The organisation said it would not negotiate until the government addressed the industry’s main concerns over inadequate bovine TB controls.
Greg Bliss, TFA national chairman, said his executive council had debated the issue at length and was concerned that trust and goodwill between government and farmers was still lacking.
But he remained resolute that there would be no change in approach.
The TFA was keen to continue with a united front with other organisations in not co-operating with government.
“Collectively and individually we need to continue to challenge government on its TB policy,” Mr Bliss said.
“Unless and until it moves to create a viable eradication plan, which tackles the reservoir of disease in wildlife alongside controls on cattle, it must be right to absent ourselves on talks.”
Talk of creating an independent body to deal with animal health issues was still of interest to the TFA, but it was worried that the remit of the body might be restricted.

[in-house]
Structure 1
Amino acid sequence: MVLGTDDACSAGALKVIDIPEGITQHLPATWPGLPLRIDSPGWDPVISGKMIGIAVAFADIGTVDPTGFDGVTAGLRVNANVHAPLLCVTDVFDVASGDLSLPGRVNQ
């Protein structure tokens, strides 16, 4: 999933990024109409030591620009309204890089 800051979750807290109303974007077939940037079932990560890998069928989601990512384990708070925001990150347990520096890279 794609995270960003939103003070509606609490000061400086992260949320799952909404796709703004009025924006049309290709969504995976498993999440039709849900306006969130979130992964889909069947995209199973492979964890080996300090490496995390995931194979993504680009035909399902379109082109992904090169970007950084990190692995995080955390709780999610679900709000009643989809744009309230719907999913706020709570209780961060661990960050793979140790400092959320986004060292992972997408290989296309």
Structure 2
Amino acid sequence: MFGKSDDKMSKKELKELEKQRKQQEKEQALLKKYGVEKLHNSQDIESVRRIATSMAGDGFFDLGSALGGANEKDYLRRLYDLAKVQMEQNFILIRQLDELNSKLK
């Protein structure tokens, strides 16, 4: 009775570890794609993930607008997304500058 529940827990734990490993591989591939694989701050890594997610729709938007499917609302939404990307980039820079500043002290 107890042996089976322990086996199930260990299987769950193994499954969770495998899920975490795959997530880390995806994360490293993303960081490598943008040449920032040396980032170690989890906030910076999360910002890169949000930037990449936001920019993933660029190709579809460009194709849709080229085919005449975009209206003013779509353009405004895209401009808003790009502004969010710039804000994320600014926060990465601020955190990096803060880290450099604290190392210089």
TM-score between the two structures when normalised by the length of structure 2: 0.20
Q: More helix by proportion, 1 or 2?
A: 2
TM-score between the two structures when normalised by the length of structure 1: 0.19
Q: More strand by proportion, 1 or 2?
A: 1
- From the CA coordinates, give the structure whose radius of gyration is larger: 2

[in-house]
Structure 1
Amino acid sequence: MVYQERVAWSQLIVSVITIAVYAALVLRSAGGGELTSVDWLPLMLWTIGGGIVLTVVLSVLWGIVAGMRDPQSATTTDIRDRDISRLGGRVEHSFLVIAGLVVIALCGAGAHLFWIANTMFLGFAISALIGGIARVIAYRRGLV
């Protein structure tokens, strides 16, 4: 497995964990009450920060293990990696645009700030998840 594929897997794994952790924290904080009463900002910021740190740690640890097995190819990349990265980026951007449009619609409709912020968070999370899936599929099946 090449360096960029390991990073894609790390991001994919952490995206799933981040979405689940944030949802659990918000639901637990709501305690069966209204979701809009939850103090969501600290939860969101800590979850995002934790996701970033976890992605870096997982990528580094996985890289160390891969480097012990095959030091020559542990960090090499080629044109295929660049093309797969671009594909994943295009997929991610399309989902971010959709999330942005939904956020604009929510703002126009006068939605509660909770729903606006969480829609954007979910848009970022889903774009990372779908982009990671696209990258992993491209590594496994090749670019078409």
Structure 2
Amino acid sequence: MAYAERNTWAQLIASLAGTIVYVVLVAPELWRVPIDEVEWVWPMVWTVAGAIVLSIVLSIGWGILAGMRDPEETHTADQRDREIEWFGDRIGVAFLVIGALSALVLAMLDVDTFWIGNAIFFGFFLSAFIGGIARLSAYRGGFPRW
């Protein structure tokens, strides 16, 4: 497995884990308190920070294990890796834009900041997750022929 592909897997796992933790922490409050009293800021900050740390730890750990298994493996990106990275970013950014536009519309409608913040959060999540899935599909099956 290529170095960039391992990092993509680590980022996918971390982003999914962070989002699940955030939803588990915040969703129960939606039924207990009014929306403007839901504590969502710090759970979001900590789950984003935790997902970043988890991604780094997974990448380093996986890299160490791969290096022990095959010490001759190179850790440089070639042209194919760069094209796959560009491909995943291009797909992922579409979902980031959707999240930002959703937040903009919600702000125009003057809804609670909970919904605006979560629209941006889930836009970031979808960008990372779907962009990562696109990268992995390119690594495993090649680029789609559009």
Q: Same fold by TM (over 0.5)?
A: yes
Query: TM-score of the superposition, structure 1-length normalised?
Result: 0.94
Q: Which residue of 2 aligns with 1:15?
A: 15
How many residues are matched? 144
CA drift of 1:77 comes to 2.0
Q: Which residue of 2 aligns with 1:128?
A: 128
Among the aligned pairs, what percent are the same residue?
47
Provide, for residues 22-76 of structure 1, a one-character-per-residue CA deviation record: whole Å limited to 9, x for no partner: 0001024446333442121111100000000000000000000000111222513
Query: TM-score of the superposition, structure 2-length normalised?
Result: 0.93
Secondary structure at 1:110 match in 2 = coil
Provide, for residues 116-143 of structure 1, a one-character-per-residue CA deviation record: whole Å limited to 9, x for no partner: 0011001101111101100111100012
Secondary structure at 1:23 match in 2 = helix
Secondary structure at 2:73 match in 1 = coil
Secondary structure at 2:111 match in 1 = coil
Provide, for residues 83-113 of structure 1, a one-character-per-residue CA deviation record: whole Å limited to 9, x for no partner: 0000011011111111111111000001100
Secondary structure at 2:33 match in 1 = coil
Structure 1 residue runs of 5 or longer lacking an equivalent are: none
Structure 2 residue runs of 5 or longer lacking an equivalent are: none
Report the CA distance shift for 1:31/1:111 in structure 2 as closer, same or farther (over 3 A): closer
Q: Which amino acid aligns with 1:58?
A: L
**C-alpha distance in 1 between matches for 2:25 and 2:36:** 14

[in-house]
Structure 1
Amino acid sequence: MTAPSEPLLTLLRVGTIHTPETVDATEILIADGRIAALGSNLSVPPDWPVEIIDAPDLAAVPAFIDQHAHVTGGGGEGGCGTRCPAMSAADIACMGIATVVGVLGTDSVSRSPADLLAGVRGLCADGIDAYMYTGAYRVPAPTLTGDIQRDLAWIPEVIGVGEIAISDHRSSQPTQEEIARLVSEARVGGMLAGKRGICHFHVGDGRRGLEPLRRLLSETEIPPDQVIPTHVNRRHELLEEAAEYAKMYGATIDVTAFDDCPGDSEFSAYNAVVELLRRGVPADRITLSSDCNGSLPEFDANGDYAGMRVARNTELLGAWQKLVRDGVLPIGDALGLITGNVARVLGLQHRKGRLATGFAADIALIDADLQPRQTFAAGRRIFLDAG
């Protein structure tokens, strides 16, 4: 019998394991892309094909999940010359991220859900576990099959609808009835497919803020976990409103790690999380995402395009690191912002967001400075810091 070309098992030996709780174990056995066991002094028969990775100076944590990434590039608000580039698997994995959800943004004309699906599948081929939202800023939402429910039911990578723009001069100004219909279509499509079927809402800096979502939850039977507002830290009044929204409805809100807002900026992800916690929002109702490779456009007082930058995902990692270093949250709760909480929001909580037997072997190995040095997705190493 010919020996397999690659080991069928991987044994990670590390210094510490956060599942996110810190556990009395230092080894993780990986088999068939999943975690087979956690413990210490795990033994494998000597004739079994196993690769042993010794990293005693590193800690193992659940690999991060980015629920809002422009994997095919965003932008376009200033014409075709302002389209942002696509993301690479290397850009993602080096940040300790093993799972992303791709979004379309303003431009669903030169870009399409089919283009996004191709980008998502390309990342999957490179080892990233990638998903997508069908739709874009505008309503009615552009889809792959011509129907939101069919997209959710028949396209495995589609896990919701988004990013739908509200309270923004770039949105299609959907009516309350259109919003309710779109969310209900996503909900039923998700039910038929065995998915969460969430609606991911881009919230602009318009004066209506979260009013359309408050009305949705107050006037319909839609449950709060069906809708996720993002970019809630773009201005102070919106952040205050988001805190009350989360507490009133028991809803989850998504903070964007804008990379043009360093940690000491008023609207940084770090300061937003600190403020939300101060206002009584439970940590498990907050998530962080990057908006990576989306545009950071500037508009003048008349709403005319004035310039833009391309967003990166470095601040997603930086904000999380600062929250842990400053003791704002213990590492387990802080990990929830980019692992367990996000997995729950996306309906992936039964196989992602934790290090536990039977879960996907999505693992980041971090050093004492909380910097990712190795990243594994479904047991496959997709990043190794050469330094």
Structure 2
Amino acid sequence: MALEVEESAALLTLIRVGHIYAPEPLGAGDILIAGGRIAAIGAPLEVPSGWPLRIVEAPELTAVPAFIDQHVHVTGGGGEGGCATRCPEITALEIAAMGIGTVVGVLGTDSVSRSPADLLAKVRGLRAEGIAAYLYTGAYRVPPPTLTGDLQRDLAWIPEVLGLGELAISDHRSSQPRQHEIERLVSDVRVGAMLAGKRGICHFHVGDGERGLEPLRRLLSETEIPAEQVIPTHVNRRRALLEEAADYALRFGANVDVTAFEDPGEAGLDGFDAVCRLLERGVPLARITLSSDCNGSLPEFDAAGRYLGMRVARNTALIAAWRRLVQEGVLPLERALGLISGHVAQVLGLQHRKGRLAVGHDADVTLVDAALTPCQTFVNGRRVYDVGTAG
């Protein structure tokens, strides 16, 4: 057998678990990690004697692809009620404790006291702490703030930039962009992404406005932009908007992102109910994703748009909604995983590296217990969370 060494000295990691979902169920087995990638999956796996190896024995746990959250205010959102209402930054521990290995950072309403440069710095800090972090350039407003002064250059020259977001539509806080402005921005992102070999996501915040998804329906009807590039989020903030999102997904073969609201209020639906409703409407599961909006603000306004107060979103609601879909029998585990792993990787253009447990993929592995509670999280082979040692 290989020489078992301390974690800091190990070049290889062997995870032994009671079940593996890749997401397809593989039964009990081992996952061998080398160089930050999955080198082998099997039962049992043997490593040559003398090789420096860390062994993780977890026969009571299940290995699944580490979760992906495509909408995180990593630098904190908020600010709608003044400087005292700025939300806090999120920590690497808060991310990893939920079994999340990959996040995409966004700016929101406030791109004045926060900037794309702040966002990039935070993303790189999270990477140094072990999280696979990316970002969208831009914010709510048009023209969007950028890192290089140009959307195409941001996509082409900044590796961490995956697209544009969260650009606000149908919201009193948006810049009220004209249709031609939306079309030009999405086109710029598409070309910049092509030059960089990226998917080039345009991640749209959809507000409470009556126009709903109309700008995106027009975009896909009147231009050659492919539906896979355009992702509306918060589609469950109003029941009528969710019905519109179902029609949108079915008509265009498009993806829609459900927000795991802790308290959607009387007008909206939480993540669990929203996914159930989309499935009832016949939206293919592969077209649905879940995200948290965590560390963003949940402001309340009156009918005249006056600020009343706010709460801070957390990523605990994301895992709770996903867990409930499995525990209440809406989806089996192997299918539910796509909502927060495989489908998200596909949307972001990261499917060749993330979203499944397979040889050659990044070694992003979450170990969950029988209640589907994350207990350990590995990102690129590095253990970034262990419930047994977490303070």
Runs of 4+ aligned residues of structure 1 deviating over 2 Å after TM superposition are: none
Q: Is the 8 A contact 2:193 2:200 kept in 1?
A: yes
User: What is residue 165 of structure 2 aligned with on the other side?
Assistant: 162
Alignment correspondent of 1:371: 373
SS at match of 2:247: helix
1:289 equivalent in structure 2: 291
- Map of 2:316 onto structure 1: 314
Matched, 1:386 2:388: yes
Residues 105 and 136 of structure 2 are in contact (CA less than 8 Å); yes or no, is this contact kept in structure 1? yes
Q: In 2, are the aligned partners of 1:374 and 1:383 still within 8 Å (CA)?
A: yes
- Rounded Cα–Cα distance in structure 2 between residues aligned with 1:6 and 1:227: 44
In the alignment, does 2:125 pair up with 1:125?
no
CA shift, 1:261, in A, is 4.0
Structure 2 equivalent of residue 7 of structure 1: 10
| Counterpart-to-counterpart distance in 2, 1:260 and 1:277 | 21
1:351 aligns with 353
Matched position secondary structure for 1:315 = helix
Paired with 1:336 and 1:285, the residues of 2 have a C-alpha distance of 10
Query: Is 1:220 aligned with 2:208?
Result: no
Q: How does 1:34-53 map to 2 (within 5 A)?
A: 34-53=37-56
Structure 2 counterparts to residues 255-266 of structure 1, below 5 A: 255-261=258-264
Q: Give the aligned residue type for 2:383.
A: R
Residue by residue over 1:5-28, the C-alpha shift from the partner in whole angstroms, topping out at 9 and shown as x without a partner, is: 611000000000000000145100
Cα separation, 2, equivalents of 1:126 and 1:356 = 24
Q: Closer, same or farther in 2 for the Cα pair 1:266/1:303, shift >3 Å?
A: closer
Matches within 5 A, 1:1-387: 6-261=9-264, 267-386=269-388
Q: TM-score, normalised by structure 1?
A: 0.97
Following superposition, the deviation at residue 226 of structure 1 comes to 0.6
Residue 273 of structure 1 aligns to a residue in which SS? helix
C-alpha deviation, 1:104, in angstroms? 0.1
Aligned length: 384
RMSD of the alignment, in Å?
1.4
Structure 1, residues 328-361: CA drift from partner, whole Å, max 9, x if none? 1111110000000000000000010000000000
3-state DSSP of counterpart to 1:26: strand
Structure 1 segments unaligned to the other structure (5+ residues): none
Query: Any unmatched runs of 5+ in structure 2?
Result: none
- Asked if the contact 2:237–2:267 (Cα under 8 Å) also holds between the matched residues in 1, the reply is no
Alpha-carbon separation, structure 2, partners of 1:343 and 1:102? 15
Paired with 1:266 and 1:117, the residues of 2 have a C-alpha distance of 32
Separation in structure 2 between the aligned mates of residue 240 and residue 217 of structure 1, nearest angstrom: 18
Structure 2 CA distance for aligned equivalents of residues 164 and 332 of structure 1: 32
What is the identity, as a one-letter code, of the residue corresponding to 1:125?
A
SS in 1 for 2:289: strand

DEFRA Secretary Hilary Benn recently suggested that badger culling was not a topic which an independent body would be allowed to consider.
Mr Bliss said it would be unacceptable for wildlife controls to be considered outside the scope of a future independent animal health body.
“The Secretary of State is naïve to believe that in excluding wildlife controls the industry will be interested in developing the idea of an independent body with government,” he said.
“The ball is very much in the Mr Benn’s court and he needs to be extremely careful as to how he plays it.”